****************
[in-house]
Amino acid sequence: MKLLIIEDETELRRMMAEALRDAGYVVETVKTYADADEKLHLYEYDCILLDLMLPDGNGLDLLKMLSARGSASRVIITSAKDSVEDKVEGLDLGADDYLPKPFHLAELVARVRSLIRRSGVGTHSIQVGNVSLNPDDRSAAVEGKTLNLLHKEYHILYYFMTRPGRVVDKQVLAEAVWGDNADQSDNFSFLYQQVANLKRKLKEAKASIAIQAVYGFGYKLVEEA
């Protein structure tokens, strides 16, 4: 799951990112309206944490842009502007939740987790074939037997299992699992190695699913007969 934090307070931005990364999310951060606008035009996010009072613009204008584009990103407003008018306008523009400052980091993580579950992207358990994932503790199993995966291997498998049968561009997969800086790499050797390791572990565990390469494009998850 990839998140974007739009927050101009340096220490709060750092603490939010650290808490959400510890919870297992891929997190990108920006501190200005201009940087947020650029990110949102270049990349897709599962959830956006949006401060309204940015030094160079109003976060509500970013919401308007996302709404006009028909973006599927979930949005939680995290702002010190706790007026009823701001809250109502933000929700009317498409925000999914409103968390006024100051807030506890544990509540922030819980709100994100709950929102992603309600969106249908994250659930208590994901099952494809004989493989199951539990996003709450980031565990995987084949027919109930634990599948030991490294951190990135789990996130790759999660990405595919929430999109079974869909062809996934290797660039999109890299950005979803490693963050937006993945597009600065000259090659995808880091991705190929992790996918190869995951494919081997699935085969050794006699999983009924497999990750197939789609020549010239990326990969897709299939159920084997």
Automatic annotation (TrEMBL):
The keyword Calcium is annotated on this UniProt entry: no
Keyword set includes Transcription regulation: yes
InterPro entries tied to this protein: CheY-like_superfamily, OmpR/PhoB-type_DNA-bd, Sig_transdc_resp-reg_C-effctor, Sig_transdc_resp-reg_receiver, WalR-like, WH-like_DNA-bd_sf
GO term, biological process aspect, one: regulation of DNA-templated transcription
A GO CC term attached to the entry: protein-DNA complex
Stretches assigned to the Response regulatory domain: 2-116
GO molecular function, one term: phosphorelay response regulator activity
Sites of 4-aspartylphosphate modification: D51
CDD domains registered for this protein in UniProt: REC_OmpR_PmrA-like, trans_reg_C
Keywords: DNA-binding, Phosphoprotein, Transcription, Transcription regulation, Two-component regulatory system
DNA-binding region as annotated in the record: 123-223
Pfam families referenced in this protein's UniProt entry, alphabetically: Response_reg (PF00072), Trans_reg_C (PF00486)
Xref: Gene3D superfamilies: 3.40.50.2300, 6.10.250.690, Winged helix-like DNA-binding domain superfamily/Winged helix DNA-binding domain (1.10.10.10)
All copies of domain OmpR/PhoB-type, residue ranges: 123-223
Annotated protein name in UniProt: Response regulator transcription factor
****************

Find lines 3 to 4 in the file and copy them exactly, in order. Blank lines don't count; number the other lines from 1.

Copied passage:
């Protein structure tokens, strides 16, 4: 799951990112309206944490842009502007939740987790074939037997299992699992190695699913007969 934090307070931005990364999310951060606008035009996010009072613009204008584009990103407003008018306008523009400052980091993580579950992207358990994932503790199993995966291997498998049968561009997969800086790499050797390791572990565990390469494009998850 990839998140974007739009927050101009340096220490709060750092603490939010650290808490959400510890919870297992891929997190990108920006501190200005201009940087947020650029990110949102270049990349897709599962959830956006949006401060309204940015030094160079109003976060509500970013919401308007996302709404006009028909973006599927979930949005939680995290702002010190706790007026009823701001809250109502933000929700009317498409925000999914409103968390006024100051807030506890544990509540922030819980709100994100709950929102992603309600969106249908994250659930208590994901099952494809004989493989199951539990996003709450980031565990995987084949027919109930634990599948030991490294951190990135789990996130790759999660990405595919929430999109079974869909062809996934290797660039999109890299950005979803490693963050937006993945597009600065000259090659995808880091991705190929992790996918190869995951494919081997699935085969050794006699999983009924497999990750197939789609020549010239990326990969897709299939159920084997």
Automatic annotation (TrEMBL):